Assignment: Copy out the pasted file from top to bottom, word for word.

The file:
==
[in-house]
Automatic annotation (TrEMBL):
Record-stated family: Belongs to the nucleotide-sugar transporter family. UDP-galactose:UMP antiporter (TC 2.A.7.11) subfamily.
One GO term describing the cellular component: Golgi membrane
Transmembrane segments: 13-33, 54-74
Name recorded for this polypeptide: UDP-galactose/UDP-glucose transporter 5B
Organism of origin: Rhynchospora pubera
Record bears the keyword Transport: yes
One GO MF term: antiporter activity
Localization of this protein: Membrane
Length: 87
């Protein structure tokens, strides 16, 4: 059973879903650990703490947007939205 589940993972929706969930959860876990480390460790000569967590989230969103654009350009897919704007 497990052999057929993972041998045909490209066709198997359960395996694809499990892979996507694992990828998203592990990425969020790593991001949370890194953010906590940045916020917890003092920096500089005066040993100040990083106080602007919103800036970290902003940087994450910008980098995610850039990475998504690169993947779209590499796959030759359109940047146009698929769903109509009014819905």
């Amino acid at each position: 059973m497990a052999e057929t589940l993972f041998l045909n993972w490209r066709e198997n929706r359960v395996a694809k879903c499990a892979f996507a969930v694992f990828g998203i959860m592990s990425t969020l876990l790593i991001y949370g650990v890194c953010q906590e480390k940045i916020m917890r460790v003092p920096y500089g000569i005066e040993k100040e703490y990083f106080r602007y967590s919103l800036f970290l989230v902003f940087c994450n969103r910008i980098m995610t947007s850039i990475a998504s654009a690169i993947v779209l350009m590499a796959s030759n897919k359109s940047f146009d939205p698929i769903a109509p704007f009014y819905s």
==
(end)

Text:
[in-house]
Automatic annotation (TrEMBL):
Record-stated family: Belongs to the nucleotide-sugar transporter family. UDP-galactose:UMP antiporter (TC 2.A.7.11) subfamily.
One GO term describing the cellular component: Golgi membrane
Transmembrane segments: 13-33, 54-74
Name recorded for this polypeptide: UDP-galactose/UDP-glucose transporter 5B
Organism of origin: Rhynchospora pubera
Record bears the keyword Transport: yes
One GO MF term: antiporter activity
Localization of this protein: Membrane
Length: 87
């Protein structure tokens, strides 16, 4: 059973879903650990703490947007939205 589940993972929706969930959860876990480390460790000569967590989230969103654009350009897919704007 497990052999057929993972041998045909490209066709198997359960395996694809499990892979996507694992990828998203592990990425969020790593991001949370890194953010906590940045916020917890003092920096500089005066040993100040990083106080602007919103800036970290902003940087994450910008980098995610850039990475998504690169993947779209590499796959030759359109940047146009698929769903109509009014819905």
């Amino acid at each position: 059973m497990a052999e057929t589940l993972f041998l045909n993972w490209r066709e198997n929706r359960v395996a694809k879903c499990a892979f996507a969930v694992f990828g998203i959860m592990s990425t969020l876990l790593i991001y949370g650990v890194c953010q906590e480390k940045i916020m917890r460790v003092p920096y500089g000569i005066e040993k100040e703490y990083f106080r602007y967590s919103l800036f970290l989230v902003f940087c994450n969103r910008i980098m995610t947007s850039i990475a998504s654009a690169i993947v779209l350009m590499a796959s030759n897919k359109s940047f146009d939205p698929i769903a109509p704007f009014y819905s």